“In brief, a guerrilla war would be the libertarian way to fight a war fully consistent with the American revolutionary ideals of liberty and equality of rights, and, therefore, the only way to achieve the libertarian goals of the Revolution. A European style, orthodox war would be heavily statist, and would inevitably lead to the resumption of the very statism—the taxes, the restrictions, the bureaucracy—which the colonists were waging the revolution to escape.
“What is more, guerrilla war would be enormously more effective; for that is the way any subjugated people—not only libertarians—can fight against a better-armed, but hated foe. The efficiency of guerrilla fighting as against European warfare had not only been demonstrated in the unbroken victories of Ethan Allen and the Green Mountain Boys in the Vermont revolution, but also in the victory at Concord, a guerrilla engagement so individualistic as to be almost completely leaderless. In contrast stood the slaughter at Lexington, where the Americans had fought in fixed ranks and in the open.”
Sunday, November 23, 2014
Guerrilla Warfare in 'Hunger Games: Mockingjay Part 1' (libertarian film review)
This libertarian movie review contains SPOILERS.
These spoilers DO NOT give away the plot, but they do reveal certain things viewers will see in the movie.
You’ve been warned.
The Hunger Games: Mockingjay Part 1, starring Jennifer Lawrence, is a thrilling action/sci-fi film about a revolutionary war in a dystopian future. Like its predecessors in the Hunger Games Saga, Mockingjay Part 1 is remarkably well made and will keep viewers glued to their seats. However, the “Part 1” in the title should clue people in to the fact that the movie is a total cliffhanger.
The setting itself hardly needs to be analyzed to find the striking libertarian imagery. In Panem we see an oppressed people living and dying under the yoke of a totalitarian government—a massive surveillance and police state. First there is Katniss Everdeen’s individual defiance against the state through seizing freedom of speech and expression in the Hunger Games. In the second installment, we see the birth pangs of the revolution amidst the Quarter Quell Games. In the third and fourth installments—Mockingjay parts 1 and 2—we see the revolution become a brutal civil war.
Because the film is divided into two parts of two hours each, the producers could afford to take their time telling the story. Therefore, the exposition is slow and the plot is slower to unfold. This first half is less about the revolutionary war to overthrow the Capital than it is about Katniss Everdeen’s transformation from stunned tribute into the Mockingjay, the face of the revolution.
One of the benefits of slower, longer movies is the increase in time spent on showing depth and detail in the story, characters, and setting. We get a heavier taste of Katniss’ post-traumatic stress following the games, as well as new challenges to her fragile sanity as the war begins to take its toll on loved ones. We also have time to see the general way of life in the rebel capital, District 13. These glimpses create an authentic look and feel of wartime, combining images that cross World War II with the Fallout video game series.
Even more intriguing is Katniss’ interaction with President Coin, the rebel head-of-state played by Julianne Moore. Coin’s stirring speeches to her soldiers and their Spartan, in-unison responses invoke mental images of the post-World War II archetypal dictator, fist high in the air, riling up the troops. This causes viewers to question whether the rebel cause is a just cause—after all, replacing one police state with another is hardly an improvement. Phillip Seymour Hoffman also adds a good performance that complements both Lawrence’s and Moore’s. This movie is one of the last times we’ll see Hoffman’s face on the big screen.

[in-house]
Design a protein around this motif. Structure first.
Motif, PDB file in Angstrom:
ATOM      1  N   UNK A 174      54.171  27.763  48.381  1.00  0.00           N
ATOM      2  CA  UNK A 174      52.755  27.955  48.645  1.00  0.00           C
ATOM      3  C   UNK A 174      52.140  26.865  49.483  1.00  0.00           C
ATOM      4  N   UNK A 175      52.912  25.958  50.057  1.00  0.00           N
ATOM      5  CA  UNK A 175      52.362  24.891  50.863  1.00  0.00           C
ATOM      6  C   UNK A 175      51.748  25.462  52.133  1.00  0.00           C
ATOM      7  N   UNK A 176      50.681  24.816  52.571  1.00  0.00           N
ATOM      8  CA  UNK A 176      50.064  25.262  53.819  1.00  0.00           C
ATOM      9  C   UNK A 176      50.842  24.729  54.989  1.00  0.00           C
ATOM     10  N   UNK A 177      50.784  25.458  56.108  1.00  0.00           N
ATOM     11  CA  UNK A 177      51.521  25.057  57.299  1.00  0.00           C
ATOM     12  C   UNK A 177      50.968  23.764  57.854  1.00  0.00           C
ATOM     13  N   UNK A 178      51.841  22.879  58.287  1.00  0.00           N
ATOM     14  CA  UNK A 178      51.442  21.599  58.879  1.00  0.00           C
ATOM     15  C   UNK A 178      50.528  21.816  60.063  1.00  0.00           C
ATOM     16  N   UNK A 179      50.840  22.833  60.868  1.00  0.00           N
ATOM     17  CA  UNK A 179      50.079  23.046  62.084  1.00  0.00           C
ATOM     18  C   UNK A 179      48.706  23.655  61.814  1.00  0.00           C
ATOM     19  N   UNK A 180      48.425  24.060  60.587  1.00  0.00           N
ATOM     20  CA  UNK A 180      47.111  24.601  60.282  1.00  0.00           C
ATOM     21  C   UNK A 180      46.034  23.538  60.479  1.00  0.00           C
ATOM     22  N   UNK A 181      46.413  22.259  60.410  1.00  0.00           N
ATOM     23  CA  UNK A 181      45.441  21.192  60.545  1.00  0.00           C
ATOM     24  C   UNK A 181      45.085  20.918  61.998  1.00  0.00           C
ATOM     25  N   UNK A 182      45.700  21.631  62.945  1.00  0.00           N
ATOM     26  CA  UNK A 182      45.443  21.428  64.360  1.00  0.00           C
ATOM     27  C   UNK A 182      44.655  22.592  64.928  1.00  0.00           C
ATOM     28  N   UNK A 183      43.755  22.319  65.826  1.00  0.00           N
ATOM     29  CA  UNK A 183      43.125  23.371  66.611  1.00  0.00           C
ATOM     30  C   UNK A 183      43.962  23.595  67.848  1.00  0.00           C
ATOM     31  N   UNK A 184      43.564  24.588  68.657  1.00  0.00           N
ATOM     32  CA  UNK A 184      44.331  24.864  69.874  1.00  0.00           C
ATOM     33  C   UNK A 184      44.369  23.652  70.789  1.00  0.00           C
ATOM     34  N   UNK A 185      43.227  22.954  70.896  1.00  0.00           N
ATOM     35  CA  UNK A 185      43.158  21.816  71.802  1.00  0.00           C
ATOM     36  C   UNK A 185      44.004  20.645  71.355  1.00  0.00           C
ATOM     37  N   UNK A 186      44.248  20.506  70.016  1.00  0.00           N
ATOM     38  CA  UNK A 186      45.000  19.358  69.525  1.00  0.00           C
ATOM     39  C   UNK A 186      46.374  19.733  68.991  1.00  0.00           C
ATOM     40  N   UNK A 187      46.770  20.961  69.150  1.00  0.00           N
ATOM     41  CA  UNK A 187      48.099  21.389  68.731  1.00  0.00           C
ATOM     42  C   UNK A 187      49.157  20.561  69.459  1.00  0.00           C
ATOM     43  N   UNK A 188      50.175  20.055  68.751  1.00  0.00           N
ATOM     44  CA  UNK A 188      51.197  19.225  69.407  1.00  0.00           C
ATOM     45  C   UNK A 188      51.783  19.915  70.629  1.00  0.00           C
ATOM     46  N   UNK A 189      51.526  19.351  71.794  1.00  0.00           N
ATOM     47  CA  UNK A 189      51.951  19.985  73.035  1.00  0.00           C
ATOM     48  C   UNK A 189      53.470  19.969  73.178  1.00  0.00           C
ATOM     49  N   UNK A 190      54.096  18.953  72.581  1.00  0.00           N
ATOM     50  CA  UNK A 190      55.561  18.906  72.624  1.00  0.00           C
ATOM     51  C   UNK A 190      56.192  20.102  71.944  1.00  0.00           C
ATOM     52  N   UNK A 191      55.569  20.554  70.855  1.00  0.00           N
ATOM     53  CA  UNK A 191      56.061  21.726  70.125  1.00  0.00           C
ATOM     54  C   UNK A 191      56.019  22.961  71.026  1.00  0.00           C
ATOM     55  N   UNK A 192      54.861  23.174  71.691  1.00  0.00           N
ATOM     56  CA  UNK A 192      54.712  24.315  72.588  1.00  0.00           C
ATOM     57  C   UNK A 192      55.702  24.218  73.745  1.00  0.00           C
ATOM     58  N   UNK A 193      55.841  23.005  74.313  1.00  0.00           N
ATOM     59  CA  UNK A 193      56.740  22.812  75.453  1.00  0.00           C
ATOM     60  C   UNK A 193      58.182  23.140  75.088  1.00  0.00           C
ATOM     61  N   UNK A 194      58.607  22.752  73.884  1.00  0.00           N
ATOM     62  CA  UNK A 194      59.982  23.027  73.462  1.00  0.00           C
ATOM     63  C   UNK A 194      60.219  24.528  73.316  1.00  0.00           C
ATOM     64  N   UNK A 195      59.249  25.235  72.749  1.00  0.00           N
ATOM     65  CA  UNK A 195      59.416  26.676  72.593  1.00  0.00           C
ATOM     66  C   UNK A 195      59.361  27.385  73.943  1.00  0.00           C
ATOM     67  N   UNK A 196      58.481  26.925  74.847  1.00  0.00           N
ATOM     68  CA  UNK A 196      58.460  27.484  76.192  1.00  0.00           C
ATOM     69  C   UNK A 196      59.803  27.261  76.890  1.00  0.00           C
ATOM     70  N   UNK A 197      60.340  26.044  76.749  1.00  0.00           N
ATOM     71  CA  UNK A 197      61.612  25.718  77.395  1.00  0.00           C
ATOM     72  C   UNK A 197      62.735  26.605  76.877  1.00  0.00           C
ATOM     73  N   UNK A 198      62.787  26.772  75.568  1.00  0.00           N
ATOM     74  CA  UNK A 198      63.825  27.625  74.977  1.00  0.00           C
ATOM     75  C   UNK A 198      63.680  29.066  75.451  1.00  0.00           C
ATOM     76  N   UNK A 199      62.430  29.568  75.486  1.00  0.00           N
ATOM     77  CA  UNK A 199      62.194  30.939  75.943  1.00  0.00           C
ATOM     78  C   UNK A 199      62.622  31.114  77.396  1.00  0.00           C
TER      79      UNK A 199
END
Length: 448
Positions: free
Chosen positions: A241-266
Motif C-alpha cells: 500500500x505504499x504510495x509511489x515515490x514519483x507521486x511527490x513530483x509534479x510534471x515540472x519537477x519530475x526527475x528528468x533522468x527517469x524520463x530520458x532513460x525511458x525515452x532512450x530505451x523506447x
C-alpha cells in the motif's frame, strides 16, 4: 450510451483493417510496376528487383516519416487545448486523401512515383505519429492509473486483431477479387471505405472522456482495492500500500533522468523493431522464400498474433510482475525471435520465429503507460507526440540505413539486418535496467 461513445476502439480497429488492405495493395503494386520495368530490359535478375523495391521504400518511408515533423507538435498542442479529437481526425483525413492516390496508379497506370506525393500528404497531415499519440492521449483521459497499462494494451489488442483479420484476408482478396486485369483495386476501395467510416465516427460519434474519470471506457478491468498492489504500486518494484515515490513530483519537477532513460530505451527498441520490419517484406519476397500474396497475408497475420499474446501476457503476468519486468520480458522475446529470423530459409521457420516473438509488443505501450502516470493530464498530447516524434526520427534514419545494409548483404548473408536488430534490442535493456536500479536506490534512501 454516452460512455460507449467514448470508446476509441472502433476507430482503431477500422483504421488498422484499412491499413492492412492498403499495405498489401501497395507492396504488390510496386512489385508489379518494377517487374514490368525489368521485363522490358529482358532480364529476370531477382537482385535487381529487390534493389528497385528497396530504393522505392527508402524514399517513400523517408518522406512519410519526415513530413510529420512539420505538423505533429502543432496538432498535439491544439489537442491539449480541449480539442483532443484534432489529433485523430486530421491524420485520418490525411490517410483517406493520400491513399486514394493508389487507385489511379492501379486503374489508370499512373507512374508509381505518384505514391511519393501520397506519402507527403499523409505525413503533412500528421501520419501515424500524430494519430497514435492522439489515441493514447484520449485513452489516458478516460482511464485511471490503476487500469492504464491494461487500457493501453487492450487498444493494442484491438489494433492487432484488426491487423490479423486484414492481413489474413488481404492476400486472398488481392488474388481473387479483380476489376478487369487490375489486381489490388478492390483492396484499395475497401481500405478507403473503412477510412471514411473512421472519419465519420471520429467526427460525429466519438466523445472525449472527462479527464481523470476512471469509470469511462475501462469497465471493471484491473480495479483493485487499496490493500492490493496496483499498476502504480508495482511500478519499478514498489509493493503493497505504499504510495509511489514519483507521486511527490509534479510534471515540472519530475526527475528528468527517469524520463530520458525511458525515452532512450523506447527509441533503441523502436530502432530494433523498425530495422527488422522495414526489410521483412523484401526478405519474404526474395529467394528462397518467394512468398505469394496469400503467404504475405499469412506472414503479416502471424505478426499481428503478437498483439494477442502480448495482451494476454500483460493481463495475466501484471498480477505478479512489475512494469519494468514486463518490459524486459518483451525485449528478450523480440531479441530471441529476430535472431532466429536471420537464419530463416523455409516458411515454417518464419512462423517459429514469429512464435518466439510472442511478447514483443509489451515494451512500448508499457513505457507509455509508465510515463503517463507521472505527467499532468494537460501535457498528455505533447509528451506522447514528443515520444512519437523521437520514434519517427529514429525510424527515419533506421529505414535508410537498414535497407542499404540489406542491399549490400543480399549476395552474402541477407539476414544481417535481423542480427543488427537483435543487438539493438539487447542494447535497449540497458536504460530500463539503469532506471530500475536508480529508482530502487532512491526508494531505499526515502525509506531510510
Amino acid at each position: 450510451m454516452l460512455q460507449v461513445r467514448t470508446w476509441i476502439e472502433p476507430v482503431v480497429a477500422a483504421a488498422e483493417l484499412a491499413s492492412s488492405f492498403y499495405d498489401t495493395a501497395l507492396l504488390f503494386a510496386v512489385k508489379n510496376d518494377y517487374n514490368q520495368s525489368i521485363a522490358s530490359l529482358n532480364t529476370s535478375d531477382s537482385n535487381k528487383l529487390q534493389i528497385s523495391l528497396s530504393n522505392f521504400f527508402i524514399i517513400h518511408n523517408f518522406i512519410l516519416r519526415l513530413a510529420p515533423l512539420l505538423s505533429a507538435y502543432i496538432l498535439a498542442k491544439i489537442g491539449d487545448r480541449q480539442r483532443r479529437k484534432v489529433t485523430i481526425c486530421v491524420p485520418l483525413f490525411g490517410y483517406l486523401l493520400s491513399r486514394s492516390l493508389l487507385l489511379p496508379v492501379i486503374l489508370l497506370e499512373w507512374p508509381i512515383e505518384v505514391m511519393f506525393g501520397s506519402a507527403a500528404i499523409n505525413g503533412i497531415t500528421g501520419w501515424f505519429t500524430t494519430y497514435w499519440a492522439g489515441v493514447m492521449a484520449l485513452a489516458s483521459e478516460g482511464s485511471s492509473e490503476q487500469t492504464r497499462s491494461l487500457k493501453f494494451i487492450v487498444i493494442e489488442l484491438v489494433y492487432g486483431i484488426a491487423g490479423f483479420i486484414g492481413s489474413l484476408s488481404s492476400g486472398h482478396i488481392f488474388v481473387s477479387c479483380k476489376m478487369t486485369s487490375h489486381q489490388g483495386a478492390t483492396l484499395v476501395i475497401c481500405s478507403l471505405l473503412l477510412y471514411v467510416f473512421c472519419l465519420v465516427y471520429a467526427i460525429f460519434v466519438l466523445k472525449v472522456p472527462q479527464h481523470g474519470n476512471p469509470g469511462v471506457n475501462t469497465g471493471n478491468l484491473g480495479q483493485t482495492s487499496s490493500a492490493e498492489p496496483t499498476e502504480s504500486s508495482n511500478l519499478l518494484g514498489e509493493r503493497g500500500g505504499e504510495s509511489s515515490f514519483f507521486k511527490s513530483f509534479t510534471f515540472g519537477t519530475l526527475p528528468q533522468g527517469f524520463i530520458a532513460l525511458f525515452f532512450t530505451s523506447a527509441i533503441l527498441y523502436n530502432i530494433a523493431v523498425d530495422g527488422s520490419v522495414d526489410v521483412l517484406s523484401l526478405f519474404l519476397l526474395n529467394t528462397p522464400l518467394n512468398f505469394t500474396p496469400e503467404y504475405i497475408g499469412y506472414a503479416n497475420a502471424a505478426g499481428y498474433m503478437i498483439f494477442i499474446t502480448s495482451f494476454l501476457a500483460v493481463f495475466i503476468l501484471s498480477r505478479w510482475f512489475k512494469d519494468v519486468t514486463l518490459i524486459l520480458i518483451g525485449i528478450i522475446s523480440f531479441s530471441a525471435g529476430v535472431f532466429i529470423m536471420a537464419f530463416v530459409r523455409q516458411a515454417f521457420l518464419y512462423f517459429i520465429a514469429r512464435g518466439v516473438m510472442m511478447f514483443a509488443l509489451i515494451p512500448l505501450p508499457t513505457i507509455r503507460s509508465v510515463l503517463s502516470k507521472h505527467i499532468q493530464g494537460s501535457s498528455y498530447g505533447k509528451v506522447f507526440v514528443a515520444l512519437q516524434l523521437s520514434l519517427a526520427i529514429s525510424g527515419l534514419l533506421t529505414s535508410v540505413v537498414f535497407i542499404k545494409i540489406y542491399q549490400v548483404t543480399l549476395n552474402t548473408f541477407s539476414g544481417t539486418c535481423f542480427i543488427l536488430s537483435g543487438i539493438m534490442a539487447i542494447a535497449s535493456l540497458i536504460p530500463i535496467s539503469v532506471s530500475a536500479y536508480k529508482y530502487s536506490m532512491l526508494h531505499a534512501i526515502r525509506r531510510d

Moving past the gritty details of character and exposition, there is one element of the on-screen revolutionary warfare that intrigues me. We get to see several glimpses of oppressed civilians rise up, with or without weapons, and fight the Capital’s “peacekeepers” (jackbooted thug troops clad in white). In the lumber workers’ IED attack on the peacekeepers and the hydro-engineers’ destruction of the dam, the viewer is looking at guerrilla warfare in action.
Murray Rothbard writes about guerrilla warfare as the most libertarian way to wage a just war for a just cause. In analyzing the American militia’s tactics and actions at Lexington and Concord, Rothbard says:
Slaughter is definitely a recurring theme in the Hunger Games Saga, no less in Mockingjay Part 1. This is a reminder that few revolutions are bloodless, and like the American war of independence was no tea party for the American revolutionaries, it will be no walk in the park for Panem’s rebel army. We see revolutionaries and rebel guerrillas gunned down by the dozens, yet they keep coming until they overpower the peacekeepers.
Sometimes, the only way an oppressed people can overcome a better-armed minority is to use their strength in numbers in a guerrilla war. History showed us this when the American militia pushed the British out of Concord and besieged Boston, when the Red Army pushed the Germans back west and besieged Berlin, and in modern days as the Kurdish guerrillas continue to press against the Islamic State psychopaths, using hardly more than single-shot rifles.
Despite being a giant appetizer for Part 2—the real Mockingjay film—Part 1 is still a dynamite flick and certainly raises a high standard for Part 2 when it debuts in November 2015.
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Mockingjay Part 1 art is the property of Lionsgate films and other respective owners and stakeholders, used here according to Fair Use laws for the promotion of the movie. Fan-made movie poster by Kim-Beurre-Lait, courtesy of Mockingjay.net.